Nicole – "A terrible thing people say is, 'Well at least you know you can get pregnant', or'You've already got one healthy child' – it's really not what you want or need to hear."

Mandy – "Don't compare stories."

Rachel – "Please don't avoid someone or the topic. It is hard enough to have lost something so precious (and many times, also our hope in life) to be made to feel like a leper."

Leanne – "When people said, 'He is in a better place' – how can any place be better than his Mummy's arms?" Or when they said, 'At least you have 3 other children' – do people actually think other children can replace the one who has passed?"

Cassie – "The worst thing was seeing people I knew walk in the opposite direction because they didn't know what to say. PLEASE come and just say, 'I'm sorry for your loss'. That's better than nothing."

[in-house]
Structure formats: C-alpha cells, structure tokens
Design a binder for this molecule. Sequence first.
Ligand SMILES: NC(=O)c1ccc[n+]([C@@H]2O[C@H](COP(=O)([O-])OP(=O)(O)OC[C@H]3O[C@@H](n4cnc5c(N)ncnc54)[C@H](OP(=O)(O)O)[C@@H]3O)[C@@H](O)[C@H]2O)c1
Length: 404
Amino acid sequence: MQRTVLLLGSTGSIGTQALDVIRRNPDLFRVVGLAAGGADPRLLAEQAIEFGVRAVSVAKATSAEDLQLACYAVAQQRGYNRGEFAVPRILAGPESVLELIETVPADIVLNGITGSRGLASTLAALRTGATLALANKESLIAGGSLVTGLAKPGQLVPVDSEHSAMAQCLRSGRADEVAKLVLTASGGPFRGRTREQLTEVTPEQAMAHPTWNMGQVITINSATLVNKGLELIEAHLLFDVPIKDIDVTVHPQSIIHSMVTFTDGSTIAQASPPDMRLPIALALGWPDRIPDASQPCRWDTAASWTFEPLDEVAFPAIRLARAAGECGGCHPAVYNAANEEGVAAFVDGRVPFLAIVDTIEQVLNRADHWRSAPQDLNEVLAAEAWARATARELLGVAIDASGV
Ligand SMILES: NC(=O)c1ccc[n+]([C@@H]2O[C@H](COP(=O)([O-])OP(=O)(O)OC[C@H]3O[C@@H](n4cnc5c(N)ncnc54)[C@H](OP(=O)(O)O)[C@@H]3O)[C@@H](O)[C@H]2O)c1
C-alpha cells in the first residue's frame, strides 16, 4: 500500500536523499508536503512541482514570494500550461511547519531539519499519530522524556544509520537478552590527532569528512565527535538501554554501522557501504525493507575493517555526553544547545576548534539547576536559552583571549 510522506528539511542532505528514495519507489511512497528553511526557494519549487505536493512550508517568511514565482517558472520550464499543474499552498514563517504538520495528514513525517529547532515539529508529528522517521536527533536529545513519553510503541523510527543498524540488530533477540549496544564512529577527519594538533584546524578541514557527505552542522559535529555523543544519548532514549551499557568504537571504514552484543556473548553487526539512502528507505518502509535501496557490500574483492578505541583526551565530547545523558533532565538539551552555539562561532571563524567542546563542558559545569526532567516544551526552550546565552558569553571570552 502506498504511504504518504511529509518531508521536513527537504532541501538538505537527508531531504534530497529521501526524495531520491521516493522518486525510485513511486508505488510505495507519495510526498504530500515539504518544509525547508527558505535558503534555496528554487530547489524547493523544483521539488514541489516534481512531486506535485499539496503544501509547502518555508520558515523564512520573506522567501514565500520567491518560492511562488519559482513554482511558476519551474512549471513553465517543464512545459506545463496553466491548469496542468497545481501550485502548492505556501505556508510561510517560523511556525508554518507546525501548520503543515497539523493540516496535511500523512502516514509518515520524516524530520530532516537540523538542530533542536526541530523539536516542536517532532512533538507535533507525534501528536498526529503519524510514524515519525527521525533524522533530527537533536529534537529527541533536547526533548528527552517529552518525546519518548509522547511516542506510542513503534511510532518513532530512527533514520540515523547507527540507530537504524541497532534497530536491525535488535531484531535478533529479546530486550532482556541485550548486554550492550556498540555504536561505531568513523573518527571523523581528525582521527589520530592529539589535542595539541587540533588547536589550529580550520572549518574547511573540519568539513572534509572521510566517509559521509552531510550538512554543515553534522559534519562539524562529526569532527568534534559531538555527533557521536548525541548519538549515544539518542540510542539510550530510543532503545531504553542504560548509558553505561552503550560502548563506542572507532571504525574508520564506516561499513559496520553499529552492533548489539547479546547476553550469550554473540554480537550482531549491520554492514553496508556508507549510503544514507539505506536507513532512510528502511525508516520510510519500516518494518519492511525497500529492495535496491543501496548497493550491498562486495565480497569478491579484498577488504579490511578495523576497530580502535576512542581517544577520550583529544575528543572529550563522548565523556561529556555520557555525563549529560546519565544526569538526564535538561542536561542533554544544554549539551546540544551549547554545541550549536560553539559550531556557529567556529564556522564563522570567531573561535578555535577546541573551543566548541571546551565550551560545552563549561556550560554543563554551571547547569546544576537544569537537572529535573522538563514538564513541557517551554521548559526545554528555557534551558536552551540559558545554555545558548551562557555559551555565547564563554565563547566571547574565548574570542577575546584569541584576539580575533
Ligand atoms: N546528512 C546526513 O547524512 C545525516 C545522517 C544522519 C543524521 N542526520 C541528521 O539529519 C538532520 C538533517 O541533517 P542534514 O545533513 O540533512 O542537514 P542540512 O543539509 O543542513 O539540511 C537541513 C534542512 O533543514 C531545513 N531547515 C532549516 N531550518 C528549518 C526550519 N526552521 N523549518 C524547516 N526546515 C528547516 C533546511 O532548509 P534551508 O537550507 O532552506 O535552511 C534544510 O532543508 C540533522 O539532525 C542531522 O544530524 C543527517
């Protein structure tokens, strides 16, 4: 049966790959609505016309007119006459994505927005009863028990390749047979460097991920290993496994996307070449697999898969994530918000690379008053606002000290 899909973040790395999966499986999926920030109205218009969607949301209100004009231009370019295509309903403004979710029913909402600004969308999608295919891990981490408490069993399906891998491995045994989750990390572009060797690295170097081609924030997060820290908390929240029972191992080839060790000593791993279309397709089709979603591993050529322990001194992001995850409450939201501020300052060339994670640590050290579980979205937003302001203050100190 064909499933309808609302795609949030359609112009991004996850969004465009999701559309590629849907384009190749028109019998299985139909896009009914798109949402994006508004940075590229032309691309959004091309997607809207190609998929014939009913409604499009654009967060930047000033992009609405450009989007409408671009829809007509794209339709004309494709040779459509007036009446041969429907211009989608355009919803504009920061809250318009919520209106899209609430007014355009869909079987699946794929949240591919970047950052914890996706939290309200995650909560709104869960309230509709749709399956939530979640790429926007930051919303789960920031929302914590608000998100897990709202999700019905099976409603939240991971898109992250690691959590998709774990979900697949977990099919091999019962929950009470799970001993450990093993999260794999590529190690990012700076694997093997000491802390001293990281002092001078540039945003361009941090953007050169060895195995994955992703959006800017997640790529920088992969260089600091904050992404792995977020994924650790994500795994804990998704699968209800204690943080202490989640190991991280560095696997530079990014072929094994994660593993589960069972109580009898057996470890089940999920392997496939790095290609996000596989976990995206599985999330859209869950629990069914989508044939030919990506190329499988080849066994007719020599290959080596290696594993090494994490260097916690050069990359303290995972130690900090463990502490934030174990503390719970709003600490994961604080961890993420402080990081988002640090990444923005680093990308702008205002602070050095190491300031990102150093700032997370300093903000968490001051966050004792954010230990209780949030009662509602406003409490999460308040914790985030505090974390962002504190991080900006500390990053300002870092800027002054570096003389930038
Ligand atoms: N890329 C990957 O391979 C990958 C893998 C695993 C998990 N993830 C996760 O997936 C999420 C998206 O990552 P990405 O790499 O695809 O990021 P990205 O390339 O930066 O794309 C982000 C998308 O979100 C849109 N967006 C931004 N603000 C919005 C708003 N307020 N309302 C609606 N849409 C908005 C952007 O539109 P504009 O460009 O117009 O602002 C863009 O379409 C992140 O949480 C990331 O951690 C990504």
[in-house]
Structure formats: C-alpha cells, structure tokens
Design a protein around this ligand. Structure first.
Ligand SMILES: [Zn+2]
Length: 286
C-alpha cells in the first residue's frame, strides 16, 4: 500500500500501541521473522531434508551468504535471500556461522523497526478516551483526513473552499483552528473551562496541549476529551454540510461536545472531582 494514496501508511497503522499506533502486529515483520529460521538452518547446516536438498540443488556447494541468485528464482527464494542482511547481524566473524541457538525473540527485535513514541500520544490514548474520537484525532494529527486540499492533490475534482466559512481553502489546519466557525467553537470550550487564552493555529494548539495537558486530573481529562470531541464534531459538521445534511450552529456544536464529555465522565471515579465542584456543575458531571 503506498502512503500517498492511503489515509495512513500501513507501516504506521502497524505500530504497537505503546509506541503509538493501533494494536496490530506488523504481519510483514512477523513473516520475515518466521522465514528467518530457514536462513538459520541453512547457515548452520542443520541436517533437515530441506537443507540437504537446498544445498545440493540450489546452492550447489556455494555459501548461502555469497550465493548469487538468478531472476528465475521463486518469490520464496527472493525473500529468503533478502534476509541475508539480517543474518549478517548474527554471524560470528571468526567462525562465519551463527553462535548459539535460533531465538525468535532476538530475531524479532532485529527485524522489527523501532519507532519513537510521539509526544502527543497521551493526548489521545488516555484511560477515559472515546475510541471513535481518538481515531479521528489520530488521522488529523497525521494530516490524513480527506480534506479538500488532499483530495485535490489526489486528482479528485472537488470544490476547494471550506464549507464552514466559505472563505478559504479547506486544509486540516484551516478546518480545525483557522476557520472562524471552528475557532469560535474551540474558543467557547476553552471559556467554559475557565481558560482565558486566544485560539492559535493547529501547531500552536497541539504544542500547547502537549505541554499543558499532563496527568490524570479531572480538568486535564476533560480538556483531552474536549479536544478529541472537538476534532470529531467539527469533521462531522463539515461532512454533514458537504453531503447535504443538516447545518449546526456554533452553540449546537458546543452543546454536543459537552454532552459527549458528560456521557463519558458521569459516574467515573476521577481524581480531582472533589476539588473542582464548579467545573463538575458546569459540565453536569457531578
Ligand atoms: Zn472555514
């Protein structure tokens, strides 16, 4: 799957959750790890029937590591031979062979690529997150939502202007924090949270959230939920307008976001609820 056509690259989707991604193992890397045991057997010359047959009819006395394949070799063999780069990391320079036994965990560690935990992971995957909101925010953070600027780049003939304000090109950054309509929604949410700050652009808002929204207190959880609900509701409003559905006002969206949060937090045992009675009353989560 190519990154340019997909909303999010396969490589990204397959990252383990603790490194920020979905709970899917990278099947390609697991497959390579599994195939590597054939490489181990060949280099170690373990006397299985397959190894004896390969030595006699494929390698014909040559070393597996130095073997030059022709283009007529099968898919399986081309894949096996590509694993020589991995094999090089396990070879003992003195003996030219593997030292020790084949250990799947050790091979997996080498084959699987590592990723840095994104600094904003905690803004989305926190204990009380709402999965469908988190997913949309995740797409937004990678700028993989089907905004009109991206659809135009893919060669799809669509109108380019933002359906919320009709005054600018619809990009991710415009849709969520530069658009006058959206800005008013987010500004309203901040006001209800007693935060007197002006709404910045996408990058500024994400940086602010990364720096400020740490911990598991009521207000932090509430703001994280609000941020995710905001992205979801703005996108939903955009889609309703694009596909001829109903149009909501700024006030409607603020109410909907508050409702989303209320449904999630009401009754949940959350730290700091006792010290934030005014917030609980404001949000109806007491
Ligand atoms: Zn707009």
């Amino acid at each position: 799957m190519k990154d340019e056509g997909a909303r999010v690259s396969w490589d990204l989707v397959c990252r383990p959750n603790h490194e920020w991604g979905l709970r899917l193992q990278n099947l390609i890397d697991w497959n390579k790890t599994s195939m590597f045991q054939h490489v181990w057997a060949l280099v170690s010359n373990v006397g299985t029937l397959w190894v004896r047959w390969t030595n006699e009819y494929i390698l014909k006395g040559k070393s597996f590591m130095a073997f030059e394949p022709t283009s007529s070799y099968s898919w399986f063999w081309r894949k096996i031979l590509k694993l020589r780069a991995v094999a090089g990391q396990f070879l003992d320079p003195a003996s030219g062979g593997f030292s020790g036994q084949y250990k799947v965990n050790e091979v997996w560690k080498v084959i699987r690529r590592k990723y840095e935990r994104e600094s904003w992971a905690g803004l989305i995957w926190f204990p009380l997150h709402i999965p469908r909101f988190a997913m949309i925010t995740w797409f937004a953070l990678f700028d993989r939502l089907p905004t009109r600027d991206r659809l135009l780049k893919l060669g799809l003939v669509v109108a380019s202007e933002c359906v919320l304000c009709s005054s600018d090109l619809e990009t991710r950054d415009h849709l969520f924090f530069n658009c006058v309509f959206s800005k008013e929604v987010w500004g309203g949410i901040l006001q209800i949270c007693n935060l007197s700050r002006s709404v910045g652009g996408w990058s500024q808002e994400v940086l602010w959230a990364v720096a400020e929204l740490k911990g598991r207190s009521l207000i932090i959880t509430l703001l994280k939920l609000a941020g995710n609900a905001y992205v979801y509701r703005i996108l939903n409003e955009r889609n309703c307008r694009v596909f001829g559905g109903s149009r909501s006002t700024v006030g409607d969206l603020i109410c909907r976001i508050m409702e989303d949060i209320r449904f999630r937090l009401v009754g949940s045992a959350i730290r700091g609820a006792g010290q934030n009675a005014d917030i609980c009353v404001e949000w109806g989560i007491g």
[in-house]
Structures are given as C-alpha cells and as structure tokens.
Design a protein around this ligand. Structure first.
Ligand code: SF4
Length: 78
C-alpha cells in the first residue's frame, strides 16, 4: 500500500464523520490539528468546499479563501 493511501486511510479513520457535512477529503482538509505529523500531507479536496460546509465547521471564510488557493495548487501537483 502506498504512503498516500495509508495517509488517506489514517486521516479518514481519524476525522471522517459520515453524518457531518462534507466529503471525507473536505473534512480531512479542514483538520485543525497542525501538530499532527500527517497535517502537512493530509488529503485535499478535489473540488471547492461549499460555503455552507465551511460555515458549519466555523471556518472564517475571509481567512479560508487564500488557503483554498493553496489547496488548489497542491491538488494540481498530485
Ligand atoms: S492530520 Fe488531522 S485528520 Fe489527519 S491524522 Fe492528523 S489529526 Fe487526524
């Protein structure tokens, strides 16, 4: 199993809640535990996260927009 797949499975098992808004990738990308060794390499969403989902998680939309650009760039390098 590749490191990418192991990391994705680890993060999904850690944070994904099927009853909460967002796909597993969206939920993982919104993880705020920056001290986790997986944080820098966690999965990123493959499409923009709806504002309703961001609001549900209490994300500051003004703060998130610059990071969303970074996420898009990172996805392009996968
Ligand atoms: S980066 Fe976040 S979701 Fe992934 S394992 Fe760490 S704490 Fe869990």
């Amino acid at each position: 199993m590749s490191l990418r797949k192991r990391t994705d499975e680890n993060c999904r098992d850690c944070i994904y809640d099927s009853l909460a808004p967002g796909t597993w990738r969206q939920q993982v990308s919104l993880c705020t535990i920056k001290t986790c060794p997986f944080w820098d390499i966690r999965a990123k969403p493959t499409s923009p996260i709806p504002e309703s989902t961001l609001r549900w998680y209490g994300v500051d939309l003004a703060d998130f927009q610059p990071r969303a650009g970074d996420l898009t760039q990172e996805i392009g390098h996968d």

Alison – "From being handed a pamphlet on miscarriege at the hospital to people saying, 'it's nature's way', I realised pretty quickly that I was on my own."

Lucy – "The worst thing that I had said by a well-meaning, but not-so-smart individual was,'Oh, you'll be fine – you've got another one'. I was so, so hurt by that."

Leanne – "My friend felt so misunderstood when someone compared their dog dying to her losing her baby, 'I know what you are going through. I lost my dog last month and it's taken me this long to get over it.' People crossed the road when they saw her coming as they didn't know what to say."

Megan – "Hearing the usual cliche things like 'it wasn't meant to be' got very annoying."

Mel – "I lost a supposedly close friend after we lost my daughter. We had found out at 18.5 weeks that there were serious genetic issues and we had to make the heartbreaking decision to terminate my pregnancy. My friend knew I was going into hospital to give birth, yet afterwards, despite my attempts to contact her, she avoided me. I can only assume that she didn't agree with our decision. I was gutted. Still am. Losing a baby is hard enough without being judged for making hard decisions like we had to."